Being Provocative On The Internetz

August 3, 2009
By Lisa Barone in Social Media

My friend Stuart Foster wrote about the downside of being provocative today. If you haven’t read it, you should. Because as more companies decide to engage in social media and in the blogosphere, the points he brings up become increasingly more important.

If we’re being honest, he mentions a lot of things that I’ve personally been grappling with for awhile now. And I know I’m not alone.

This weekend Sarah Lacy took to her blog to announce that she’s had enough. She’s tired of being a target and she’s removing the personal side from the Sarah Lacy brand, leaving us with just the work stuff. There aren’t too many posts these days that stop me in my tracks and force me to think, but that post did. And don’t get me wrong, I’m no Sarah Lacey lover. I’ve given her shit and I’ve supported others who have done the same. I think a lot of what she’s complaining about she’s brought on herself. But even so, I understand the battle she faces. It’s the price you pay for being “provocative”. You give people permission to poke and throw things at you. And that can be exhausting. And scary.

And Sarah’s pain is exactly why most companies are afraid of social media. They don’t want to be kicked and called out in public. How do you combat that?

You get the hell over it.

Here are some truths I’ve picked up over the years:

  • Whether you actively engage or you’re just in social media from afar, you’re going to be kicked.
  • Whether you choose to be provocative or safe, you’re going to be kicked.
  • Whether you try to be friends with everyone or to seek out enemies, you’re going to be kicked.
  • Whether you’re pretty, ugly, social, awkward or anything else, you’re going to be kicked.

Everyone is both hated and loved on the Internet. Accept that and use it.

Being “provocative” on the Internet really just means daring to be genuine. It means not subscribing to the same bullshit that everyone else does. It means taking a stand and fighting for the battles that actually matter to you. It’s about crafting ideas or stories in a way that is sometimes uncomfortable for other people. It’s about challenging people to get out of their damn boxes. That’s what it means to be “provocative” on the Web.  To be different. And real.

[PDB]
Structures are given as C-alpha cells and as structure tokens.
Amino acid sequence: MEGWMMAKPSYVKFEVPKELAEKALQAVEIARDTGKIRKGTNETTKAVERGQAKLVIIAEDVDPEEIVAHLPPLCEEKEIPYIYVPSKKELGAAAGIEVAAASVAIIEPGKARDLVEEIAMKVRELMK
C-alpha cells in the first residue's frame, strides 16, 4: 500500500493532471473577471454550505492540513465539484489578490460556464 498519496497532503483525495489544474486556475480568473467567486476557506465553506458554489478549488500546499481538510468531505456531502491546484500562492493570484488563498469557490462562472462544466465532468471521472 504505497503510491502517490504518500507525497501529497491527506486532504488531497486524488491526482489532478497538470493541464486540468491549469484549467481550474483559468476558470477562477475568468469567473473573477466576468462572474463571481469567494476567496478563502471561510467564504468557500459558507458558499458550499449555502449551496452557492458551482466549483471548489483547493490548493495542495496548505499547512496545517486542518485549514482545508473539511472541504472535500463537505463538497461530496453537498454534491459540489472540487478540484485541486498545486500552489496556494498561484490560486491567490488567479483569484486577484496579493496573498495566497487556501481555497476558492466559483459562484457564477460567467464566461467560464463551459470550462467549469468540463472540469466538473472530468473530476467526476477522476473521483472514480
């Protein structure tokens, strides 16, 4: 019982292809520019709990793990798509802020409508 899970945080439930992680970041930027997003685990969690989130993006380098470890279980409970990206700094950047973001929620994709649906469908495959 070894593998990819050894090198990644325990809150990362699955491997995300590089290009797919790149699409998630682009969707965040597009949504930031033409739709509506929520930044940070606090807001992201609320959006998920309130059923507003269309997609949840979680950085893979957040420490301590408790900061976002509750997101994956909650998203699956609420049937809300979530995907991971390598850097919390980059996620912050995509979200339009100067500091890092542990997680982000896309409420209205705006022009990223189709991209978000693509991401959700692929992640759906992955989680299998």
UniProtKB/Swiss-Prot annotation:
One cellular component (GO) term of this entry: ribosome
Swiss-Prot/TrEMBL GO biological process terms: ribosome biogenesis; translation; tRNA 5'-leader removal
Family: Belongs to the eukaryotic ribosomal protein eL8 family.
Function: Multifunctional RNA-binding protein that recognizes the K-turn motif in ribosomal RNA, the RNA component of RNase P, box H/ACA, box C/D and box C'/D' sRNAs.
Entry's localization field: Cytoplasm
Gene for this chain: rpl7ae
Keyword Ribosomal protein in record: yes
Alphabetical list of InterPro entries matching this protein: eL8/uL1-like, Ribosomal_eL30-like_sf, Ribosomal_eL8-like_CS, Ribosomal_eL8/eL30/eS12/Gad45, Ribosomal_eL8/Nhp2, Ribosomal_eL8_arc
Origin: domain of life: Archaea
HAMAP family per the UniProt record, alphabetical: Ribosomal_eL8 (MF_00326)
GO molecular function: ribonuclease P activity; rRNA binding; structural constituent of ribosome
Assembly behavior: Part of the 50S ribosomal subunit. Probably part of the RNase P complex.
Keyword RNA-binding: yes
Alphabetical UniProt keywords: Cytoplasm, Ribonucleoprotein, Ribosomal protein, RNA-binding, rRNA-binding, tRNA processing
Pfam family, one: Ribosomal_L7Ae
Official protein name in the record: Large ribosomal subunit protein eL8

Being “provocative” doesn’t mean creating controversy for attention. It doesn’t mean forcing it. It doesn’t mean disagreeing just for the sake of disagreeing. I think Stuart really nails the point here:

Being provocative isn’t about being controversial. It’s about being ahead of your time, solving problems in new and interesting ways, and creating awesome brands and products.

As third-grade easy as that sounds, it’s not easy for most brands (or people). And that’s why people who are truly provocative (in SEO think Michael Gray, John Andrews, or when she remembers she has a blog – Rae Hoffman) stand out. It’s why we notice them. Because they’re not sheep. They’re real.

As a brand, you should strive to be Stuart’s definition of provocative. Will you piss people off from time to time? Will people misunderstand you at some point and get all butthurt and offended? Will you lose customers? Yes, you will. But you’ll also attract the people who will be most loyal to you. The folks who will be your biggest supporters. You’ll weed out the people who have no business filling out your Contact Form in the first place, and you’ll cut out the amount of unqualified leads you’re sifting through.

But prepare yourself, because it’s hard to maintain that level of provocative, especially if your brand is you. It’s draining. It takes a toll. And you’ll have people who don’t understand what you’re doing. At some point, you’ll inevitably want to pull a Sarah Lacy and take your ball and go the hell home. But don’t.

There’s value in pushing people and challenging them. There’s value in associating your brand with something other than group think. There are plenty of downsides to being provocative on the Web, but the alternative is to say nothing. To be one of those companies that speaks in political correct bullshit because they don’t have the balls to say anything real.

Personally, I’d rather be “provocative”. At least then people know I stand for something.

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